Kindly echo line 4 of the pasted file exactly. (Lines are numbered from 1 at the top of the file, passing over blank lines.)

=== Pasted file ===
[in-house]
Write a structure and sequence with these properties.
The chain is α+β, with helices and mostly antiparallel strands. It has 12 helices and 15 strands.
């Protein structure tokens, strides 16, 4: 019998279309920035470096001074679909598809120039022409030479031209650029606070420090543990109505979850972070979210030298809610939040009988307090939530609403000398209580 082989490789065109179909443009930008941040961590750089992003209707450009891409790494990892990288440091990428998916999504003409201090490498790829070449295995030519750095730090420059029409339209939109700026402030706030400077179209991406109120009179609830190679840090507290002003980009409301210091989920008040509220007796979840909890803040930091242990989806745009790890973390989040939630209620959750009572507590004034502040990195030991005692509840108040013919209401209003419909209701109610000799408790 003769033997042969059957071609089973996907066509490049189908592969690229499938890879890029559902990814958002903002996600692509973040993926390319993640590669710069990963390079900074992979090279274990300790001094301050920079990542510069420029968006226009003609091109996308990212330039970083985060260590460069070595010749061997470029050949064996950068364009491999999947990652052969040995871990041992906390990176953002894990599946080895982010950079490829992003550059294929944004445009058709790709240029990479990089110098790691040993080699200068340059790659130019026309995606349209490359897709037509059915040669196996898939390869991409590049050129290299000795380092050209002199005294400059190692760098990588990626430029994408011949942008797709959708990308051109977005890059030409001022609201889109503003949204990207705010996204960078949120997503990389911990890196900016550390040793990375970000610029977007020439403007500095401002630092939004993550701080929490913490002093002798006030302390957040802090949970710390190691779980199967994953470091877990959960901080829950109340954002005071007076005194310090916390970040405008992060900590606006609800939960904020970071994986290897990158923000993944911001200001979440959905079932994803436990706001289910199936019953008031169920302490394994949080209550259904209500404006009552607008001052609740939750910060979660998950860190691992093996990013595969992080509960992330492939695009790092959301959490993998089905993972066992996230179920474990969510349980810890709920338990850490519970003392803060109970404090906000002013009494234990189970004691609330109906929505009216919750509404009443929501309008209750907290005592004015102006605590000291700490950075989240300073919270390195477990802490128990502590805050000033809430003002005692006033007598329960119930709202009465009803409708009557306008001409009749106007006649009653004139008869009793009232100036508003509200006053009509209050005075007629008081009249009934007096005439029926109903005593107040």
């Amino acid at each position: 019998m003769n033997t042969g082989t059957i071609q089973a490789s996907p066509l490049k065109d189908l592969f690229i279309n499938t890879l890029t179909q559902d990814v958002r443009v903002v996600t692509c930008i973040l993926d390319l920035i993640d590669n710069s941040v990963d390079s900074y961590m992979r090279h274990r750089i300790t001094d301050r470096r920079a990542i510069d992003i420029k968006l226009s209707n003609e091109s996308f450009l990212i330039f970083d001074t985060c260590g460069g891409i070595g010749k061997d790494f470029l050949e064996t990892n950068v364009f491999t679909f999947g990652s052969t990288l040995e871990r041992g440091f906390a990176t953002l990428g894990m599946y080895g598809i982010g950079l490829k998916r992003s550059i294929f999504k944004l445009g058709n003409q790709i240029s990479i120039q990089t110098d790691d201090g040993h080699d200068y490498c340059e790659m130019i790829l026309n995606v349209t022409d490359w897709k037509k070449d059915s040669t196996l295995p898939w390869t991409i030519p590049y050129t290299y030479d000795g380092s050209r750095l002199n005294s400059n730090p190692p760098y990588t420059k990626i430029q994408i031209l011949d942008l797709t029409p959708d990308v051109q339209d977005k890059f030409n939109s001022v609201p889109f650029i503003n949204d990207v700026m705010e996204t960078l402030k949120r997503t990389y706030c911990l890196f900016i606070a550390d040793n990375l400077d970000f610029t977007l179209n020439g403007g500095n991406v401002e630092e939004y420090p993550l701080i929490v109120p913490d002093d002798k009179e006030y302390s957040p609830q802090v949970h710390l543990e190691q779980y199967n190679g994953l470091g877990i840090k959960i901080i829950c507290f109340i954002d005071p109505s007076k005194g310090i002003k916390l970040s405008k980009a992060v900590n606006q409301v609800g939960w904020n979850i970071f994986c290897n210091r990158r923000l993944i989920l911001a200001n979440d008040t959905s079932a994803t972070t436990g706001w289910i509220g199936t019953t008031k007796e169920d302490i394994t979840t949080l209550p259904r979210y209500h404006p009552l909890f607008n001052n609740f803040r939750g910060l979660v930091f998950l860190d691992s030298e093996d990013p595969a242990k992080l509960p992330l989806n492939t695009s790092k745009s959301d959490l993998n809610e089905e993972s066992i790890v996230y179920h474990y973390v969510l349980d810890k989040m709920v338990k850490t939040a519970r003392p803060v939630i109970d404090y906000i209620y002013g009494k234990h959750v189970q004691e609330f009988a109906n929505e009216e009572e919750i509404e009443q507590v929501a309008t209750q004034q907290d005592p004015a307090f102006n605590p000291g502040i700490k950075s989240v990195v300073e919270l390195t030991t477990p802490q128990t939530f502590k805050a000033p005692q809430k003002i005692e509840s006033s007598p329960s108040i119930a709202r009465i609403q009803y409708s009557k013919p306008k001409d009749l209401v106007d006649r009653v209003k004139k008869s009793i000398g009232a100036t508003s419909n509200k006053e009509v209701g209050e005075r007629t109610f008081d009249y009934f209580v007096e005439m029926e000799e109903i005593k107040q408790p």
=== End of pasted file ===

């Protein structure tokens, strides 16, 4: 019998279309920035470096001074679909598809120039022409030479031209650029606070420090543990109505979850972070979210030298809610939040009988307090939530609403000398209580 082989490789065109179909443009930008941040961590750089992003209707450009891409790494990892990288440091990428998916999504003409201090490498790829070449295995030519750095730090420059029409339209939109700026402030706030400077179209991406109120009179609830190679840090507290002003980009409301210091989920008040509220007796979840909890803040930091242990989806745009790890973390989040939630209620959750009572507590004034502040990195030991005692509840108040013919209401209003419909209701109610000799408790 003769033997042969059957071609089973996907066509490049189908592969690229499938890879890029559902990814958002903002996600692509973040993926390319993640590669710069990963390079900074992979090279274990300790001094301050920079990542510069420029968006226009003609091109996308990212330039970083985060260590460069070595010749061997470029050949064996950068364009491999999947990652052969040995871990041992906390990176953002894990599946080895982010950079490829992003550059294929944004445009058709790709240029990479990089110098790691040993080699200068340059790659130019026309995606349209490359897709037509059915040669196996898939390869991409590049050129290299000795380092050209002199005294400059190692760098990588990626430029994408011949942008797709959708990308051109977005890059030409001022609201889109503003949204990207705010996204960078949120997503990389911990890196900016550390040793990375970000610029977007020439403007500095401002630092939004993550701080929490913490002093002798006030302390957040802090949970710390190691779980199967994953470091877990959960901080829950109340954002005071007076005194310090916390970040405008992060900590606006609800939960904020970071994986290897990158923000993944911001200001979440959905079932994803436990706001289910199936019953008031169920302490394994949080209550259904209500404006009552607008001052609740939750910060979660998950860190691992093996990013595969992080509960992330492939695009790092959301959490993998089905993972066992996230179920474990969510349980810890709920338990850490519970003392803060109970404090906000002013009494234990189970004691609330109906929505009216919750509404009443929501309008209750907290005592004015102006605590000291700490950075989240300073919270390195477990802490128990502590805050000033809430003002005692006033007598329960119930709202009465009803409708009557306008001409009749106007006649009653004139008869009793009232100036508003509200006053009509209050005075007629008081009249009934007096005439029926109903005593107040």